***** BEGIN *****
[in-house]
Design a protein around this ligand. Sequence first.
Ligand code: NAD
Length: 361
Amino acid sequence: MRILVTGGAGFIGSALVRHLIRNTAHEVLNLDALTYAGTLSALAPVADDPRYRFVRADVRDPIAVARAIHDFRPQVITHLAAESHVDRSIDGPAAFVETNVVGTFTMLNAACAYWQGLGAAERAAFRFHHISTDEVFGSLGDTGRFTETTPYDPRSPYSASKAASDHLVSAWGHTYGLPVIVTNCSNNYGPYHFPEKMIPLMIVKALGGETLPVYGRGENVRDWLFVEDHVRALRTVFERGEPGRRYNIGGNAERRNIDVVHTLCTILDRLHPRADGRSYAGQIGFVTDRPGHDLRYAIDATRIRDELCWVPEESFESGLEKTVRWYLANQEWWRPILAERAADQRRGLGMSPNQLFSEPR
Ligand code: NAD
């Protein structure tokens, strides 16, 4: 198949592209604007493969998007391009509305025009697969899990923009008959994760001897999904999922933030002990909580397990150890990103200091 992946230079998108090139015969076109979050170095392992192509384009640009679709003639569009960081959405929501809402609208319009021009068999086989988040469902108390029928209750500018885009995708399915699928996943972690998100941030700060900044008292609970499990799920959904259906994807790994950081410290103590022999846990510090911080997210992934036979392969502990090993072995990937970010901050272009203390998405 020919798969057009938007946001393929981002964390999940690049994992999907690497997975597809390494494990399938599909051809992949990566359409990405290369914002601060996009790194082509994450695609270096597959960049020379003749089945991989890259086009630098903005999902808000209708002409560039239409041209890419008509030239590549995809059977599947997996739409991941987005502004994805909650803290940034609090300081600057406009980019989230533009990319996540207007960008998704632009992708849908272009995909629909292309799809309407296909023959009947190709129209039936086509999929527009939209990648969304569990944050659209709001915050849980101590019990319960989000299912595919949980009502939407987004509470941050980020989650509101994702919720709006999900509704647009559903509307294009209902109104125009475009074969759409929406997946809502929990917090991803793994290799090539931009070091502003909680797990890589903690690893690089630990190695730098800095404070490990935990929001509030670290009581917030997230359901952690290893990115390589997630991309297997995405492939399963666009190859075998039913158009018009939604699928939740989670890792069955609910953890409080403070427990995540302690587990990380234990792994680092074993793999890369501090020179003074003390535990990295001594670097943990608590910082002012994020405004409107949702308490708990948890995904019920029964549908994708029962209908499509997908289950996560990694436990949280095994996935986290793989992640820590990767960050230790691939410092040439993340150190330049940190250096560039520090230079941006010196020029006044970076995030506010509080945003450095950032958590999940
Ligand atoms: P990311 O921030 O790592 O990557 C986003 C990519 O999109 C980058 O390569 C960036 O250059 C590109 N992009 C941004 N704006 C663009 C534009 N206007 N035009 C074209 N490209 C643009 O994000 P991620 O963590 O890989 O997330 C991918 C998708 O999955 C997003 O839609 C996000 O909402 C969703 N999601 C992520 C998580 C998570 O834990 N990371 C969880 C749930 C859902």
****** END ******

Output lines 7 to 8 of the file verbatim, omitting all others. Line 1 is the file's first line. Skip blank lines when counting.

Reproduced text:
């Protein structure tokens, strides 16, 4: 198949592209604007493969998007391009509305025009697969899990923009008959994760001897999904999922933030002990909580397990150890990103200091 992946230079998108090139015969076109979050170095392992192509384009640009679709003639569009960081959405929501809402609208319009021009068999086989988040469902108390029928209750500018885009995708399915699928996943972690998100941030700060900044008292609970499990799920959904259906994807790994950081410290103590022999846990510090911080997210992934036979392969502990090993072995990937970010901050272009203390998405 020919798969057009938007946001393929981002964390999940690049994992999907690497997975597809390494494990399938599909051809992949990566359409990405290369914002601060996009790194082509994450695609270096597959960049020379003749089945991989890259086009630098903005999902808000209708002409560039239409041209890419008509030239590549995809059977599947997996739409991941987005502004994805909650803290940034609090300081600057406009980019989230533009990319996540207007960008998704632009992708849908272009995909629909292309799809309407296909023959009947190709129209039936086509999929527009939209990648969304569990944050659209709001915050849980101590019990319960989000299912595919949980009502939407987004509470941050980020989650509101994702919720709006999900509704647009559903509307294009209902109104125009475009074969759409929406997946809502929990917090991803793994290799090539931009070091502003909680797990890589903690690893690089630990190695730098800095404070490990935990929001509030670290009581917030997230359901952690290893990115390589997630991309297997995405492939399963666009190859075998039913158009018009939604699928939740989670890792069955609910953890409080403070427990995540302690587990990380234990792994680092074993793999890369501090020179003074003390535990990295001594670097943990608590910082002012994020405004409107949702308490708990948890995904019920029964549908994708029962209908499509997908289950996560990694436990949280095994996935986290793989992640820590990767960050230790691939410092040439993340150190330049940190250096560039520090230079941006010196020029006044970076995030506010509080945003450095950032958590999940
Ligand atoms: P990311 O921030 O790592 O990557 C986003 C990519 O999109 C980058 O390569 C960036 O250059 C590109 N992009 C941004 N704006 C663009 C534009 N206007 N035009 C074209 N490209 C643009 O994000 P991620 O963590 O890989 O997330 C991918 C998708 O999955 C997003 O839609 C996000 O909402 C969703 N999601 C992520 C998580 C998570 O834990 N990371 C969880 C749930 C859902």